You are on page 1of 9

TPG4150 Reservoir Recovery Techniques 2009 1/1

Hand-out note 4: Buckley-Leverett Analysis

BUCKLEY-LEVERETT ANALYSIS

Derivation of the fractional flow equation for a one-dimensional oil-water system

Consider displacement of oil by water in a system of dip angle α

We start with Darcy´s equations

kkro A ⎛ ∂Po ⎞
qo = − ⎜ + ρ o gsin α ⎟
µ o ⎝ ∂x ⎠
kk A ⎛ ∂P ⎞
qw = − rw ⎜ w + ρ w gsin α ⎟ ,
µ w ⎝ ∂x ⎠

and replace the water pressure by Pw = Po − Pcow , so that

kkrw A ⎛ ∂ (Po − Pcow ) ⎞


qw = − ⎜ + ρ w gsin α ⎟ .
µw ⎝ ∂x ⎠

After rearranging, the equations may be written as:

µo ∂P
−qo = o + ρ o gsin α
kkro A ∂x
µ ∂P ∂ P
−qw w = o − cow + ρ w gsin α
kkrw A ∂x ∂x

Subtracting the first equation from the second one, we get

1 ⎛ µw µ ⎞ ∂P
− ⎜ qw − qo o ⎟ = − cow + Δρgsin α
kA ⎝ krw k ro ⎠ ∂x
Substituting for
q = qw + qo
and
q
fw = w ,
q
and solving for the fraction of water flowing, we obtain the following expression for the
fraction of water flowing:

Norwegian University of Science and Technology Professor Jon Kleppe


Department of Petroleum Engineering and Applied Geophysics 09.09.09
TPG4150 Reservoir Recovery Techniques 2009 2/2
Hand-out note 4: Buckley-Leverett Analysis

kk ro A ⎛ ∂Pcow ⎞
⎜ − Δρgsin α ⎟ 1+
qµo ⎝ ∂x ⎠
fw =
kro µw
1+
µo k rw
For the simplest case of horizontal flow, with negligible capillary pressure, the expression
reduces to:

1
fw =
k µ
1+ ro w
µo k rw

Typical plots of relative permeabilities and the corresponding fractional flow curve are:

Typical oil-water relative permeabilities Typical fractional flow curve


1
1

0,9
0,9
Kro
0,8 Krw
0,8

0,7
0,7
Relative permeability

0,6
0,6

0,5
fw

0,5

0,4
0,4

0,3
0,3

0,2
0,2

0,1
0,1

0
0
0 0,1 0,2 0,3 0,4 0,5 0,6 0,7 0,8 0,9 1
0 0,1 0,2 0,3 0,4 0,5 0,6 0,7 0,8 0,9 1
Water saturation
Water saturation

Derivation of the Buckley-Leverett equation

For a displacement process where water displaces oil, we start the derivation with the
application of a mass balance of water around a control volume of length Δx of in the
following system for a time period of Δt :
qw
ρw
qw
The mass balance mayρ be written:
w

[(qw ρw ) x − (qw ρw ) x +Δx ]Δt = AΔxφ [(Sw ρw ) t +Δt − (Sw ρw ) t ]


which, when Δx → 0 and Δt → 0 , reduces to the continuity equation:

∂ ∂
− (qw ρ w ) = Aφ (Sw ρ w )
∂x ∂t

Norwegian University of Science and Technology Professor Jon Kleppe


Department of Petroleum Engineering and Applied Geophysics 09.09.09
TPG4150 Reservoir Recovery Techniques 2009 3/3
Hand-out note 4: Buckley-Leverett Analysis

Let us assume that the fluid compressibility may be neglected, ie.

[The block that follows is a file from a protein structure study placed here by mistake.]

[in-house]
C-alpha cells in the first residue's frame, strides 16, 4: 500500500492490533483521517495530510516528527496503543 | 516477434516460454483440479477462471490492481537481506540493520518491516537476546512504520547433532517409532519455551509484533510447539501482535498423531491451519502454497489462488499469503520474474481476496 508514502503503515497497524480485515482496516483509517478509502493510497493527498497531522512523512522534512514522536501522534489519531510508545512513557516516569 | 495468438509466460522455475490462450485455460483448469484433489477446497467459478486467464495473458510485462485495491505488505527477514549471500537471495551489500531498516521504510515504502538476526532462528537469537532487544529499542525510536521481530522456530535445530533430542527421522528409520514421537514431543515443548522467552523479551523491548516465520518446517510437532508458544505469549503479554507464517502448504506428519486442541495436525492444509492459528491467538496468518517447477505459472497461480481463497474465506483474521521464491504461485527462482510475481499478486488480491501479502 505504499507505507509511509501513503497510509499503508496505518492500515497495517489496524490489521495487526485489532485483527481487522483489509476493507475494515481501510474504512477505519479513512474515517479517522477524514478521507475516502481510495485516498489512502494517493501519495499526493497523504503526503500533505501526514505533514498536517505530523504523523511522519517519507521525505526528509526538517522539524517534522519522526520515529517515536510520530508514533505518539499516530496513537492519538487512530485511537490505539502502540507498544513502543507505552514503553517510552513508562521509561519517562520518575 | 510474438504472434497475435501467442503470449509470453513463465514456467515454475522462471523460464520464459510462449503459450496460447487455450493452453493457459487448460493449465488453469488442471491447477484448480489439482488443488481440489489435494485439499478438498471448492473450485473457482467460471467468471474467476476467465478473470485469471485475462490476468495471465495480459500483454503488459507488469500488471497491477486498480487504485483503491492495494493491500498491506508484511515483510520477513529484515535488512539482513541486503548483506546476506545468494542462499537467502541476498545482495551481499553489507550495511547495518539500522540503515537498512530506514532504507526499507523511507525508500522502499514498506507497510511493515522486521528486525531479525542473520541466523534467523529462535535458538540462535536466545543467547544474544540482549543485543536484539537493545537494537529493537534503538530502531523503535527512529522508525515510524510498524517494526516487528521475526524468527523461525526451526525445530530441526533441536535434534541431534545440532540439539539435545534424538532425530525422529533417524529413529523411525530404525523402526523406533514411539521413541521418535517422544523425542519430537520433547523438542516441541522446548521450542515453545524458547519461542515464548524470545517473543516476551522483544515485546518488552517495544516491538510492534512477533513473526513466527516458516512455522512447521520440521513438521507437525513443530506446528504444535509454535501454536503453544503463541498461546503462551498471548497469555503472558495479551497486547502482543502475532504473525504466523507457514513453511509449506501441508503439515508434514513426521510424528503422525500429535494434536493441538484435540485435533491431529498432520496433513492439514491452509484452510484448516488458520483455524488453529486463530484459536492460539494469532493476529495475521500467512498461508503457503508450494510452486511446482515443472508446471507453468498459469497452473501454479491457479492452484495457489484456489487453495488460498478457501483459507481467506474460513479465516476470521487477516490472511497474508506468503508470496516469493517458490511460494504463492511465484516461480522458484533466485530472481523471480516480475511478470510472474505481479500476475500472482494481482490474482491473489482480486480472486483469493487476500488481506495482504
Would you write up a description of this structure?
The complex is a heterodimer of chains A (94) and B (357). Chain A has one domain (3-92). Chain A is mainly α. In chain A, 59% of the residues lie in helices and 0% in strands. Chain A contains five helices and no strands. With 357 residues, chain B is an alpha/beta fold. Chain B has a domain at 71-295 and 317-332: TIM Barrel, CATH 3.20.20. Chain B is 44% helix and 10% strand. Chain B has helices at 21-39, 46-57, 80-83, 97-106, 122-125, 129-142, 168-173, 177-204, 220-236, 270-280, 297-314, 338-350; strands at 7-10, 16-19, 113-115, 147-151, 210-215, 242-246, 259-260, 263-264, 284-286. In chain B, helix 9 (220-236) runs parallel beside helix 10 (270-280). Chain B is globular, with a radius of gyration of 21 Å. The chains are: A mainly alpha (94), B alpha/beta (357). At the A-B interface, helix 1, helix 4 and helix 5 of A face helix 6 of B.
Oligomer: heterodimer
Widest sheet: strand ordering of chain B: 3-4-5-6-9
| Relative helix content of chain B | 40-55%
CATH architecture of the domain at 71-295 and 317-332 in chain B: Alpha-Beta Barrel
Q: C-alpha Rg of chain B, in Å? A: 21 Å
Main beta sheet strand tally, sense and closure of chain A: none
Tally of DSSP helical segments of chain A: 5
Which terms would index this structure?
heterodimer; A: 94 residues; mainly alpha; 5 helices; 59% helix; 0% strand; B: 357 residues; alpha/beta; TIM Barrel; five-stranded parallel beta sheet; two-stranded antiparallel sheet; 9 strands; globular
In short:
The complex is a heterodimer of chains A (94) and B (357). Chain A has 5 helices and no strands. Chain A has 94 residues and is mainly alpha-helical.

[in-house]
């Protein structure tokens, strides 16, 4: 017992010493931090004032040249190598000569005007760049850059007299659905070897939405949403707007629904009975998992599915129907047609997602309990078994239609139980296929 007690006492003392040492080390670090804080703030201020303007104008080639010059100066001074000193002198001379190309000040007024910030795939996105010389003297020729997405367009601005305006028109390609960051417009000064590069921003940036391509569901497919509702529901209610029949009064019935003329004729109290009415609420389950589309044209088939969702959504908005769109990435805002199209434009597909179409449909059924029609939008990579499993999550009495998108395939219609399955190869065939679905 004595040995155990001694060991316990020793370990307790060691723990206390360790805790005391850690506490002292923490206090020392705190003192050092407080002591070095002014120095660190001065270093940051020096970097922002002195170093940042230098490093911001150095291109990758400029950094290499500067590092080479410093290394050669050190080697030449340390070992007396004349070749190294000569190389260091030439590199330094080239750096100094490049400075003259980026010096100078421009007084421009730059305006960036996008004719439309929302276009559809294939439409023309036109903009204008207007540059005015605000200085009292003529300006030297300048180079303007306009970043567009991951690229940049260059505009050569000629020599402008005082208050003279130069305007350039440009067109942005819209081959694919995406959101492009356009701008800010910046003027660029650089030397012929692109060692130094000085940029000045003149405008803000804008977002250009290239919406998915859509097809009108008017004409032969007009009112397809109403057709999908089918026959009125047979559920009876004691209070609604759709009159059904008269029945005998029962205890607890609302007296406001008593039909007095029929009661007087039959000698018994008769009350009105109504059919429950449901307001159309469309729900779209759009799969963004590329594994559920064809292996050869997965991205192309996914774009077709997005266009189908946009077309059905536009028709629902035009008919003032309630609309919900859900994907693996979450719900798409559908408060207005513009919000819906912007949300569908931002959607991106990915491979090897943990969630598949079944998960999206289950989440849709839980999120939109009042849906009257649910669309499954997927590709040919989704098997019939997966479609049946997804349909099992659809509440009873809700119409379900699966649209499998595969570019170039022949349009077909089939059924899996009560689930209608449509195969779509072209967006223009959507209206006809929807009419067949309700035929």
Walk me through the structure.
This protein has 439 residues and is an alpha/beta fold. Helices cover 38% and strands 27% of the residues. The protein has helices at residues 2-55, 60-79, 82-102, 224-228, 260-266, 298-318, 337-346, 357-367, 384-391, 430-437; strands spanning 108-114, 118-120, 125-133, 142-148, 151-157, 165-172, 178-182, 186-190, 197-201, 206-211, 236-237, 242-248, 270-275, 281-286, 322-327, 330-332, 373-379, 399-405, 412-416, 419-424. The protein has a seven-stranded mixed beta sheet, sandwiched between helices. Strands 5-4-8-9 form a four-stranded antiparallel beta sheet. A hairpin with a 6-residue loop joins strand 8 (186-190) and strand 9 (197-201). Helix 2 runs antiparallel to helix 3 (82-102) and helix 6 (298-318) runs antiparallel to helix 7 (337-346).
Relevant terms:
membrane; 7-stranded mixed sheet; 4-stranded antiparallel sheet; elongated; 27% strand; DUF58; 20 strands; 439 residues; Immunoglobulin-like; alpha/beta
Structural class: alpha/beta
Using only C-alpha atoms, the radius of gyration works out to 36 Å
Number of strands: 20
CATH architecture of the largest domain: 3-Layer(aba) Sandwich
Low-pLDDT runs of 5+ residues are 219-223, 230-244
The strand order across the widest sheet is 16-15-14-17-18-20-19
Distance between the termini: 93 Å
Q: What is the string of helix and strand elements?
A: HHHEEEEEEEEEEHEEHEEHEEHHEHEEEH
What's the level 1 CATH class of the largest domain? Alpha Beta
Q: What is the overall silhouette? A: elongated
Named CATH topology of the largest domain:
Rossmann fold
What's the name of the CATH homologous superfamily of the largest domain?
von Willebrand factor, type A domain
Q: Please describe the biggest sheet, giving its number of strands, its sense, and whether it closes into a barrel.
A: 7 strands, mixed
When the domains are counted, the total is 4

ρ w = constant

Also, we have that

qw = f w q

Therefore
∂f w Aφ ∂Sw
− =
∂x q ∂t
Since
f w (Sw ) ,

the equation may be rewritten as

df w ∂Sw Aφ ∂Sw
− =
dSw ∂x q ∂t

This equation is known as the Buckley-Leverett equation above, after the famous paper by
Buckley and Leverett1 in 1942.

Derivation of the frontal advance equation

Since
Sw (x,t)

we can write the following expression for saturation change

∂S w ∂S
dSw = dx + w dt
∂x ∂t

In the Buckley-Leverett solution, we follow a fluid front of constant saturation during the
displacement process; thus:
∂S ∂S
0 = w dx + w dt
∂x ∂t

Substituting into the Buckley-Leverett equation, we get

dx q df w
=
dt Aφ dSw

Integration in time

1
Buckley, S. E. and Leverett, M. C.: “Mechanism of fluid displacement in sands”, Trans.
AIME, 146, 1942, 107-116
Norwegian University of Science and Technology Professor Jon Kleppe
Department of Petroleum Engineering and Applied Geophysics 09.09.09
TPG4150 Reservoir Recovery Techniques 2009 4/4
Hand-out note 4: Buckley-Leverett Analysis

dx q df w
∫ dt
dt = ∫ Aφ dS dt
t t w

yields an expression for the position of the fluid front:

qt df w
xf = ( )f
Aφ dSw

which often is called the frontal advance equation.

The Buckley-Leverett solution

A typical plot of the fractional flow curve and it´s derivative is shown below:

Fractional flow curve and it's derivative


1 4

fw
0,9
dfw/dSw

0,8
3
0,7

0,6
dfw/dSw

0,5 2
fw

0,4

0,3
1
0,2

0,1

0 0
0 0,1 0,2 0,3 0,4 0,5 0,6 0,7 0,8 0,9 1
Water saturation

Using the expression for the front position, and plotting water saturation vs. distance, we get
the following figure:
Clearly, the plot of saturations is showing an impossible physical situation, since we have two
saturations at each x-position. However, this is a result of the discontinuity in the saturation
function, and the Buckley-Leverett solution to this problem is to modify the plot by defining a
Computed water saturation profile

0,9

0,8

0,7

0,6

0,5
Sw

0,4

0,3

0,2

0,1

0
0 0,1 0,2 0,3 0,4 0,5 0,6 0,7 0,8 0,9 1
x

Norwegian University of Science and Technology Professor Jon Kleppe


Department of Petroleum Engineering and Applied Geophysics 09.09.09
TPG4150 Reservoir Recovery Techniques 2009 5/5